David Cameron and Jeremy Corbyn
David Cameron and Jeremy Corbyn will clash ahead of George Osborne's Autumn Statement Reuters

David Cameron and Jeremy Corbyn will not be the main event in Westminster when they clash at prime minister's questions (PMQs) on 25 November. That is because George Osborne's joint Autumn Statement and Spending Review announcement will come immediately after their bout in the House of Commons.

The Chancellor is expected to give the NHS an extra £3.8bn ($5.7bn) in 2016/17 and will promise almost £7bn of taxpayers' money to drive housebuilding in England. Osborne plans to balance the books by slashing welfare spending by £12bn and by making £20bn worth of cuts to government departments.

Corbyn has previously attacked Osborne and Cameron over their plans to curb tax credits and the Conservatives were left embarrassed and defeated when the House of Lords rejected their reforms. The Chancellor has said he will outline his revised tax credits plan in his Autumn Statement so it is likely the Labour leader will raise the issue once again during PMQs.

Meanwhile, Cameron will no doubt stress the importance of having a strong economy. He gained a shock victory at the general election by continually hammering the point that you cannot have a strong NHS and public services without it. Maybe the Tories' "long-term economic plan" slogan will make an appearance at PMQs.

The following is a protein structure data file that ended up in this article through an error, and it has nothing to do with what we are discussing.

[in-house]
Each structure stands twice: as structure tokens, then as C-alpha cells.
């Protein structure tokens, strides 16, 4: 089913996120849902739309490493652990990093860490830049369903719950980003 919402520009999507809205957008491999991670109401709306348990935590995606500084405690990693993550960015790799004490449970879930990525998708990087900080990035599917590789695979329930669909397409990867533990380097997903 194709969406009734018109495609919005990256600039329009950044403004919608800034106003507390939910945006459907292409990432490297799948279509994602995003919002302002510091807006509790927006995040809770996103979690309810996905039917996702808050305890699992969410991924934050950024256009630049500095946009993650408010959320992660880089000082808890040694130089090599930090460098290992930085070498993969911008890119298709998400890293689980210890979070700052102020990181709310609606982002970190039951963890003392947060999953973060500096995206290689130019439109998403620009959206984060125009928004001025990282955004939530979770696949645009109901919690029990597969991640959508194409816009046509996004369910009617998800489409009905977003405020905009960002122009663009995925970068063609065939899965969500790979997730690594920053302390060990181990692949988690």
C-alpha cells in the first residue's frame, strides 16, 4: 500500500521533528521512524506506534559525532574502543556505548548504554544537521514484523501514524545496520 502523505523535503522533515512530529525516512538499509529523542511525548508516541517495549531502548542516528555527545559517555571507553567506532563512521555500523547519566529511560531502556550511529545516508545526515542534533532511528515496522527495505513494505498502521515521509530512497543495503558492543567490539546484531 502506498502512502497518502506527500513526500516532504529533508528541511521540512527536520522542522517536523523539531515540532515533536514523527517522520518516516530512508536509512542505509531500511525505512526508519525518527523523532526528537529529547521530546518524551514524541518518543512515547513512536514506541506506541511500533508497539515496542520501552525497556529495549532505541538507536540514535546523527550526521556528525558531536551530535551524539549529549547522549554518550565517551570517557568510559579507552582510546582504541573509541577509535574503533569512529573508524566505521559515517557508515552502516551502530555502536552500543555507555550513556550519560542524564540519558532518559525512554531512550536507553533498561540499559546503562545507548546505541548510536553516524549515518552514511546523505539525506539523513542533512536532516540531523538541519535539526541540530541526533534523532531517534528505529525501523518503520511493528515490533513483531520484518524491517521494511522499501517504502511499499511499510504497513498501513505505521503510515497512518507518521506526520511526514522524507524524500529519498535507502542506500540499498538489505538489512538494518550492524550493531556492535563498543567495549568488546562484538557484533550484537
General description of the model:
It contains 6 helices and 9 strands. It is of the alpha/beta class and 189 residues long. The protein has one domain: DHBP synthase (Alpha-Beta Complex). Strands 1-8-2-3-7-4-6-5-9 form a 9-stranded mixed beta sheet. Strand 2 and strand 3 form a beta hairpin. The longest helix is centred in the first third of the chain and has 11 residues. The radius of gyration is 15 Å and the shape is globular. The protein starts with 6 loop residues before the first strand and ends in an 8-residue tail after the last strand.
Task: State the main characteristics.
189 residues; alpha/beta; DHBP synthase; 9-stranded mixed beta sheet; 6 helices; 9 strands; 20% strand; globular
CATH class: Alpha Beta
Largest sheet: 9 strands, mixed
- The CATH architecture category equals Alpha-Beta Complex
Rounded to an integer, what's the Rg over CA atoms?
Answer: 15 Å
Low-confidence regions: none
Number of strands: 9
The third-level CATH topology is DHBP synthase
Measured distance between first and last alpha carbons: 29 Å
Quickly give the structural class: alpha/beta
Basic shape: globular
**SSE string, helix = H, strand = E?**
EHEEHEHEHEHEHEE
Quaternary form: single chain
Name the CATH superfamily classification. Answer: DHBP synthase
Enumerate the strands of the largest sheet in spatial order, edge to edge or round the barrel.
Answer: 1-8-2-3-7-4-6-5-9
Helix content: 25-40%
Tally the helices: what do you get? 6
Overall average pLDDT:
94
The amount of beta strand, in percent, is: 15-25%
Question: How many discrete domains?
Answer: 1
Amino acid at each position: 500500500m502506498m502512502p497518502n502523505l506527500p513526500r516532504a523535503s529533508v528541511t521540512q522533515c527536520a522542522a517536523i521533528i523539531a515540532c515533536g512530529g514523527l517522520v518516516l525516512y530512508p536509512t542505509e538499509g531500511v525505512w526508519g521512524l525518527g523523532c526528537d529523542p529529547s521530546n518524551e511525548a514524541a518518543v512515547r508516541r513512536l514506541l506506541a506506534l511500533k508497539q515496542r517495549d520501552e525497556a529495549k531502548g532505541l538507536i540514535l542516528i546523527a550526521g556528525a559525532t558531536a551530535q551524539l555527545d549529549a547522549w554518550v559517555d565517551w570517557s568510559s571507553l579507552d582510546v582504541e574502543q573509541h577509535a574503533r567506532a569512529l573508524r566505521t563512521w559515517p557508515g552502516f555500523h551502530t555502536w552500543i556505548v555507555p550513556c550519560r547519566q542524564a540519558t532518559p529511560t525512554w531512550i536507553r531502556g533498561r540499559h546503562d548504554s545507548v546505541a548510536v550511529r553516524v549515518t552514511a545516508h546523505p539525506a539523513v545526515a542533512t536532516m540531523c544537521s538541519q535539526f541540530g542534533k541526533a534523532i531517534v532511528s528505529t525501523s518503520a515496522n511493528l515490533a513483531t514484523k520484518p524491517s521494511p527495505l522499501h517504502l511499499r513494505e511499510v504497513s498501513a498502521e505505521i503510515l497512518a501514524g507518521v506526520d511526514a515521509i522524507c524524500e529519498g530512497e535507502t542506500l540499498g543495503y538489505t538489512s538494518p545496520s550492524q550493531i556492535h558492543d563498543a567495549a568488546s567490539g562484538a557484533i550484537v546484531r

Elsewhere, the two leaders will likely discuss the Middle East after Turkey downed a Russian fighter jet on the Syrian border on 24 November. The act could have severe consequences since Turkey is a member of Nato. With the West sliding more towards Vladimir Putin's position on the Syrian civil war in the wake of the Paris terror attacks, the incident also raises further questions about a British intervention against the Islamic State (Isis).

You can watch PMQs on BBC Parliament, BBC2's Daily Politics, Parliament TV and Sky News from 12pm GMT. Also make sure to follow @IBTUKPolitics for live reaction and commentary on the debate.